Just now I was online, buying Radiohead tickets for their show in Golden Gate Park and I got in a rather frazzling ecommerce loop because Ticketmaster recognized my email address. They knew I had an existing Canadian profile, which was not cosy with my new American address. I quickly aborted and went to the other online ticket seller. Also, on the weekend, when I attempted to download a free app to my iPhone, iTunes recognized my account as Canadian. My nationality immediately disqualified me from getting the free app. Why? Go figure.
I find it very interesting that American and Canadian ecommerce systems seem to talk or at least be on an acquaintance level with one another, yet credit unions (even by the same name) with oodles more money don’t even acknowledge each other. You see, my new plight is to get an American credit card. (That alone deserves its own post but I’ll instead try to paraphrase all of my wrath here.) I guess in this circumstance money doesn’t talk. Systems do. And ecommerce ones are shiny and new and ready to communicate, whereas credit systems are dinosaurs that grunt.
So that leaves me in the eyes of the American bank or credit institution in about the same credit-card-desirability category as–my guess–a high-school student with a job at MacDonald’s. Truly incredible.
Shernaz, who also just relocated here, and I are on a credit-card quest. We trade stories and tactics daily. Nothing has worked yet. That may not be so frustrating if there was some consistency to the whole system, but I have yet to find any.
Wells Fargo was great at getting me set up with a chequing (I refuse to spell it the American way.) account, even at first when I didn’t have a Social Security Number. I still think Wells has exceptional service. However, they will not issue a regular credit card to a non-American resident. At least that was what I was told when my credit application returned to my banker. Instead, if I want a $2000 limit on my card, I have to give them $2000 for safekeeping. No surprise, every bank is willing to give me that type of card – a secure card.
Also at Wells Fargo, they put my Canadian Social Identity Number on the card application. My Social Security Number is only a week old and has seen no action. The banker was willing to acknowledge my excellent Canadian credit rating. However, I think the underwriter didn’t care to look. Why else did I get denied? I also was told at Wells that I if use my debit/cheque card, I will build some credit.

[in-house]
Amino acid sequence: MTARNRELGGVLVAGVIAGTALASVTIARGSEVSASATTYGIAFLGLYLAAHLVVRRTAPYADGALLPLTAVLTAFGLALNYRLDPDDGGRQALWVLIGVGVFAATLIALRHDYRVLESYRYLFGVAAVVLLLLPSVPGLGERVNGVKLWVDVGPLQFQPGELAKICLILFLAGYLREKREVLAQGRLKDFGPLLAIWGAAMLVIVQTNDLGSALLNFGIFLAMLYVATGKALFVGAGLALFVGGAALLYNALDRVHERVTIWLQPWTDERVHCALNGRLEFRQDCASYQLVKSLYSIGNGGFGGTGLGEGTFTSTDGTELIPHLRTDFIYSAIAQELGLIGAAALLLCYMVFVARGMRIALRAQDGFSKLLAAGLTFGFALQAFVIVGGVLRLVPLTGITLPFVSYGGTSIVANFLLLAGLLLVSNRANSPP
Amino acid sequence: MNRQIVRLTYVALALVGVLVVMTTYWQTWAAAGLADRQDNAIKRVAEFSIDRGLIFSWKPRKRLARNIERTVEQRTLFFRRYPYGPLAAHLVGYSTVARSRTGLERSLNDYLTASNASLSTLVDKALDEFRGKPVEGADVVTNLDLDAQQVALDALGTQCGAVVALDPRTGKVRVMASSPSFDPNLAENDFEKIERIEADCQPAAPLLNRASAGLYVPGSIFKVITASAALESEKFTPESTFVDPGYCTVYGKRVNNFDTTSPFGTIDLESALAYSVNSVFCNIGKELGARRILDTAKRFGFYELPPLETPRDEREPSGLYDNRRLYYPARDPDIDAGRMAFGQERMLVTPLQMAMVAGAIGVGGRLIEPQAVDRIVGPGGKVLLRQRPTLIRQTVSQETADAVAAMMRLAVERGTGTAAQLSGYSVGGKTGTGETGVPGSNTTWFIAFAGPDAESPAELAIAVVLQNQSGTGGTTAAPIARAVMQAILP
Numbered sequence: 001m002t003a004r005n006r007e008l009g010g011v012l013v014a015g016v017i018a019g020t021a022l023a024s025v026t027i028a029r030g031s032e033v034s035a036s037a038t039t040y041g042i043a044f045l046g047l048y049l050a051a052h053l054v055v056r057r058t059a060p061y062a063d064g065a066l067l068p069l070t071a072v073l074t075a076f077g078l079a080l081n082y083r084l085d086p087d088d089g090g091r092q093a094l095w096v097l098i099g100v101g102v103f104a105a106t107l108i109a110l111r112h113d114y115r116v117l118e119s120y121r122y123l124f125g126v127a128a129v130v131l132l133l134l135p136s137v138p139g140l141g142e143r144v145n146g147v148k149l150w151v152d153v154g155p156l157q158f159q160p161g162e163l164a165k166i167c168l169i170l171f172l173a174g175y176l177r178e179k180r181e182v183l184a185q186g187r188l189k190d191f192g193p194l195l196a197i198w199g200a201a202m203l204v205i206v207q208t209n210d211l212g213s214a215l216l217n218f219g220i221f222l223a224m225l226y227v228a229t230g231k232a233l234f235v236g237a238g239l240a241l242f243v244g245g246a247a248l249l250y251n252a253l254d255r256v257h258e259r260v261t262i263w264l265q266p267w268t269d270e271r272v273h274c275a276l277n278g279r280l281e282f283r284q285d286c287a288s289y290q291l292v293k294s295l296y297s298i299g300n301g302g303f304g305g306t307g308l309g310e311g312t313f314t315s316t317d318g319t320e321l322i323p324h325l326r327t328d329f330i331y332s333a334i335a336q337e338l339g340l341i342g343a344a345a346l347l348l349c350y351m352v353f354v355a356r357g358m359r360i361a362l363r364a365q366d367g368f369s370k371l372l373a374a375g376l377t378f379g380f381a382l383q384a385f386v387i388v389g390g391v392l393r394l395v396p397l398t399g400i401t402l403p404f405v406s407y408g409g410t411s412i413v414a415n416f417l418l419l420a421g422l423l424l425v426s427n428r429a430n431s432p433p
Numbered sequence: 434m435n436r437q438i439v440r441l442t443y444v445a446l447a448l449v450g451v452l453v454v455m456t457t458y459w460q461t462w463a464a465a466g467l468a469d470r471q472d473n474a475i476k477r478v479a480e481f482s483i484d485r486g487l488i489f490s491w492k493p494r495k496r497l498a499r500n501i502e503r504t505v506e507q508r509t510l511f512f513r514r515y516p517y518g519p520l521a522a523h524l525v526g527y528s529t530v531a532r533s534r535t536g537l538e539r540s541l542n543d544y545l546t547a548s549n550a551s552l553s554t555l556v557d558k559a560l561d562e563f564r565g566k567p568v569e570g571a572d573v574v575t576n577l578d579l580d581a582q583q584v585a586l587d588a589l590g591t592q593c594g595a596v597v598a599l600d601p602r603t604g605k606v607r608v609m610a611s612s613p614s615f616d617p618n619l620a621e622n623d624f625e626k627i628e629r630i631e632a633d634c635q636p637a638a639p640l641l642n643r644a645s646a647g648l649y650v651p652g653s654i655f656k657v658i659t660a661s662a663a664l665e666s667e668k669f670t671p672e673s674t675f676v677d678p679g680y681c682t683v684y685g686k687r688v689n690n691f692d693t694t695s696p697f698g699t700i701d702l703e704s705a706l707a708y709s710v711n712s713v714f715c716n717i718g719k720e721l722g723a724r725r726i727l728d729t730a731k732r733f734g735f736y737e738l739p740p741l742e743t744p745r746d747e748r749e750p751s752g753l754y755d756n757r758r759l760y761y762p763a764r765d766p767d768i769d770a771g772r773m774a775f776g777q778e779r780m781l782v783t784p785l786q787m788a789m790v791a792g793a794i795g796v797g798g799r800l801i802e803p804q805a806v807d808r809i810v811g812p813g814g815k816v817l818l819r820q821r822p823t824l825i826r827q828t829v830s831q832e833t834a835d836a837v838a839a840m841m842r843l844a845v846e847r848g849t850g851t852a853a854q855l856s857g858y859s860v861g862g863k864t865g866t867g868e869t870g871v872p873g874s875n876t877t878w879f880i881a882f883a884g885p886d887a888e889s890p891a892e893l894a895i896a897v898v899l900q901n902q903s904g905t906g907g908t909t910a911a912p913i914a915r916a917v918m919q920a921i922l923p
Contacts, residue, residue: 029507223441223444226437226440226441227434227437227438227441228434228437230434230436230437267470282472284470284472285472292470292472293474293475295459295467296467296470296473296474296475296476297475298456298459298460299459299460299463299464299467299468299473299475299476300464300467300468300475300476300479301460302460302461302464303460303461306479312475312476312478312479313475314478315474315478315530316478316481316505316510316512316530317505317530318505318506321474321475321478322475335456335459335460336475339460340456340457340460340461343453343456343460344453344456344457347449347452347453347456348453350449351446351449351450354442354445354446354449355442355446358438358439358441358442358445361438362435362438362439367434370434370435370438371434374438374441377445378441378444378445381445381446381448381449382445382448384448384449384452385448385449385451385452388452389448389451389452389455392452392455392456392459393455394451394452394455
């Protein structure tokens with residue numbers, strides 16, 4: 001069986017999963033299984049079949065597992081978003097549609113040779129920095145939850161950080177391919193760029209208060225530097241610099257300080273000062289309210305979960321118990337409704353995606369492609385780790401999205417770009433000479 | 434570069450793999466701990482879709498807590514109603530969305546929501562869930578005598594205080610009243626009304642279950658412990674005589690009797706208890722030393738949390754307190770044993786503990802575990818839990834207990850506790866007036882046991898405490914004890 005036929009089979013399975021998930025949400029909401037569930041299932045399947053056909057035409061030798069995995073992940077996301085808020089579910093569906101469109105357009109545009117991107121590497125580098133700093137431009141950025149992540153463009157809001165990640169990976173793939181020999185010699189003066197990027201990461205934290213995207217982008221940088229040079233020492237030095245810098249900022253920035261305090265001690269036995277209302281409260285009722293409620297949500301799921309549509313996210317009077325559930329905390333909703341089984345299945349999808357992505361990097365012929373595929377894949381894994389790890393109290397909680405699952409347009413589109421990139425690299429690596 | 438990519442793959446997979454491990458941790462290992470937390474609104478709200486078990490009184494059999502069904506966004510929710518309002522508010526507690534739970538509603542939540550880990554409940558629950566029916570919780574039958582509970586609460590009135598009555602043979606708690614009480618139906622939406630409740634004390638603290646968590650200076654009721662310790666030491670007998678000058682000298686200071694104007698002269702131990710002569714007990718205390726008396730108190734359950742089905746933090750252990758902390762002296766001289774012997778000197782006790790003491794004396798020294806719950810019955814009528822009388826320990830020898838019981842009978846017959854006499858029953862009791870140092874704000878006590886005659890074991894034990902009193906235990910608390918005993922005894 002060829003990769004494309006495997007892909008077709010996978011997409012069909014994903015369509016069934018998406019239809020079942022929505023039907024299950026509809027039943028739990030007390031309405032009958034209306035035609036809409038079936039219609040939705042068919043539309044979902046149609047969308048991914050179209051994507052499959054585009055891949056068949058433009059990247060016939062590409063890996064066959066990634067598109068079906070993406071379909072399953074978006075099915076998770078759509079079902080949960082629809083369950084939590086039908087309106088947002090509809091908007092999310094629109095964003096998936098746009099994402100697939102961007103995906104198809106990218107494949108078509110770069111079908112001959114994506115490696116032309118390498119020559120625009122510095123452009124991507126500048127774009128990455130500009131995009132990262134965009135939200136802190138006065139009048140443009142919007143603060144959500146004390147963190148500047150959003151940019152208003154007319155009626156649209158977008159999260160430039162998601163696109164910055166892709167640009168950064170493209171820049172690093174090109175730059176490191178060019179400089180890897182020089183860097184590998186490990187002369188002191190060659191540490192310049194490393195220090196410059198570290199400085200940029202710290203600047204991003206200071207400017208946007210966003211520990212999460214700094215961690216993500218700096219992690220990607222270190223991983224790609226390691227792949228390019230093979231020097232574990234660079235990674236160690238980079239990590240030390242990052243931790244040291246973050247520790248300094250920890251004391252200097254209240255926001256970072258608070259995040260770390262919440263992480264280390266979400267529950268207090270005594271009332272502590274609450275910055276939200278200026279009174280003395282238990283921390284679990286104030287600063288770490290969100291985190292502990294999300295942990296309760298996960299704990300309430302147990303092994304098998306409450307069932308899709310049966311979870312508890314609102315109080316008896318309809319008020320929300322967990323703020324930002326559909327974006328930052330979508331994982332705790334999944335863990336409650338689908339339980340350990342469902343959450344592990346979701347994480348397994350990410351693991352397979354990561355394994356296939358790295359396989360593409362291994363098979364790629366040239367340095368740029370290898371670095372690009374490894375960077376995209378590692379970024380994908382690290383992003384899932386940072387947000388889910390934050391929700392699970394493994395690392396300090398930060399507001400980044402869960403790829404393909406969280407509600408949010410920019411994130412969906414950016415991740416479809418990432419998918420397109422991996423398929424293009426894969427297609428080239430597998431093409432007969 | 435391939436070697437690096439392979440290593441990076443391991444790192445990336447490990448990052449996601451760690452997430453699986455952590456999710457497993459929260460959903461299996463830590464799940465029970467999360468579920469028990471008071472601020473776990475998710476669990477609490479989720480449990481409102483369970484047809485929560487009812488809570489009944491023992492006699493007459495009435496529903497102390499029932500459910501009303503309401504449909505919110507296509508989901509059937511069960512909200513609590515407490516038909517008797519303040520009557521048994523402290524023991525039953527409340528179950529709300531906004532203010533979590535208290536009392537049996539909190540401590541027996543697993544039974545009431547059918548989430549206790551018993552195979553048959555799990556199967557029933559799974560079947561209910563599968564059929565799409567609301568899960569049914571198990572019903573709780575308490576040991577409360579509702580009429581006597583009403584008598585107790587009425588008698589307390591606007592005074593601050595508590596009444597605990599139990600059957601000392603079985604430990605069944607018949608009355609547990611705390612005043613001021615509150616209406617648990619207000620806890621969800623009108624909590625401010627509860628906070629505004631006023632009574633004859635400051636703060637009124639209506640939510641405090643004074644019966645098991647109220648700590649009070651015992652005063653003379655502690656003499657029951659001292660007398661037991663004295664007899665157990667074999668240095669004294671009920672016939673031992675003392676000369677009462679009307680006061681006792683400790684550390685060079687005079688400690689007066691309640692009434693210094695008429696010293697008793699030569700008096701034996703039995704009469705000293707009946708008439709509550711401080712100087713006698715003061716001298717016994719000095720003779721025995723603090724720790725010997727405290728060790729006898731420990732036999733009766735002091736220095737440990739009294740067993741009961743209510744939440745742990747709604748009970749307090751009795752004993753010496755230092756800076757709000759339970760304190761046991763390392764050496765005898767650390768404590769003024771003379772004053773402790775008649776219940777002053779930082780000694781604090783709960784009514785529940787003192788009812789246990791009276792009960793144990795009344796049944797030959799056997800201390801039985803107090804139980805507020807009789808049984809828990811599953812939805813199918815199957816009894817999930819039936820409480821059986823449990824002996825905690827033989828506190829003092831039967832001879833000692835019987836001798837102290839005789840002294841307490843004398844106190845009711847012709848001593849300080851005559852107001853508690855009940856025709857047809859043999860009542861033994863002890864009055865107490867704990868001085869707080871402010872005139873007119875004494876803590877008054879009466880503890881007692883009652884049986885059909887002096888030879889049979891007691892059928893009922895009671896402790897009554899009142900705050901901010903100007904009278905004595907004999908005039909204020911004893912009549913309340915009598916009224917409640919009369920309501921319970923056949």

The woman at Bank of America (BOA) said I won’t build credit with a debit/cheque card. She wouldn’t put my SIN on the application because she said the underwriters won’t look at it. Instead, she basically explained that it’s a crap shoot. Some people on work visas get a non-secure card with a lower limit, like $500, some don’t. I actually came to like her snooty, no-nonsense attitude. She had my chequing account, my debit card, and my credit application done in about 10 minutes. In two days, I should know my luck.
The ole cellphone deposit was another crap shoot. A couple of friends who were new to the States last year had to put a $500 deposit down at AT&T in order to get phones. When I went to get my iPhone the guy told me the same amount, but then for some reason he couldn’t explain, when he put me in the system, it only asked for a $150 deposit. My lucky day.
Before today’s stop at BOA, I went to HSBC, which is touted as an international bank. Well, they’re only international if you’ve actually banked with them in Canada. I hadn’t so they couldn’t offer me any more help than BOA.
I figure that if my BOA application doesn’t work, I’ll just rely on my debit/cheque cards and my Canadian credit card for a few months. After that period of time, I hear that you usually get offered a card with a $300 (LOL) limit. I had a better limit when I was in university! I guess I need to get ready for the slow-and-steady approach to building American credit.